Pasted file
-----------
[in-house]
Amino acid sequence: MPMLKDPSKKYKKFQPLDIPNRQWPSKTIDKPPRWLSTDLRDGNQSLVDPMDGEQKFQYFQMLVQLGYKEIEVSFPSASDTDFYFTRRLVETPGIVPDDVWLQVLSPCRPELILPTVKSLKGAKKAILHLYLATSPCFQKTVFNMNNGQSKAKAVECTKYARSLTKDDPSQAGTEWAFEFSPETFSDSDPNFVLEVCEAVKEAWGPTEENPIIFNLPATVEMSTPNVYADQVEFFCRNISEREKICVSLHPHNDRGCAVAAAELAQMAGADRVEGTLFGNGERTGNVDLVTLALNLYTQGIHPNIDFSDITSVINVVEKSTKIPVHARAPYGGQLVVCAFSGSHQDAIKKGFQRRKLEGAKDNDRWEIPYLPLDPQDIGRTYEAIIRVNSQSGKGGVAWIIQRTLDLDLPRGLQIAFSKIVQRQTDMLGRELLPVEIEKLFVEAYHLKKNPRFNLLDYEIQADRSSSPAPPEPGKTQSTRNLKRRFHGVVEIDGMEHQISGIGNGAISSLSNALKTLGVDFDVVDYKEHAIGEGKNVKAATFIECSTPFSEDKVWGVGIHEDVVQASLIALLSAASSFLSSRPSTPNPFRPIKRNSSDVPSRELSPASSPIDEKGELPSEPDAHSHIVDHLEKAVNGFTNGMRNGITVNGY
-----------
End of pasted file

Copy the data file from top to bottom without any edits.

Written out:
[in-house]
Amino acid sequence: MPMLKDPSKKYKKFQPLDIPNRQWPSKTIDKPPRWLSTDLRDGNQSLVDPMDGEQKFQYFQMLVQLGYKEIEVSFPSASDTDFYFTRRLVETPGIVPDDVWLQVLSPCRPELILPTVKSLKGAKKAILHLYLATSPCFQKTVFNMNNGQSKAKAVECTKYARSLTKDDPSQAGTEWAFEFSPETFSDSDPNFVLEVCEAVKEAWGPTEENPIIFNLPATVEMSTPNVYADQVEFFCRNISEREKICVSLHPHNDRGCAVAAAELAQMAGADRVEGTLFGNGERTGNVDLVTLALNLYTQGIHPNIDFSDITSVINVVEKSTKIPVHARAPYGGQLVVCAFSGSHQDAIKKGFQRRKLEGAKDNDRWEIPYLPLDPQDIGRTYEAIIRVNSQSGKGGVAWIIQRTLDLDLPRGLQIAFSKIVQRQTDMLGRELLPVEIEKLFVEAYHLKKNPRFNLLDYEIQADRSSSPAPPEPGKTQSTRNLKRRFHGVVEIDGMEHQISGIGNGAISSLSNALKTLGVDFDVVDYKEHAIGEGKNVKAATFIECSTPFSEDKVWGVGIHEDVVQASLIALLSAASSFLSSRPSTPNPFRPIKRNSSDVPSRELSPASSPIDEKGELPSEPDAHSHIVDHLEKAVNGFTNGMRNGITVNGY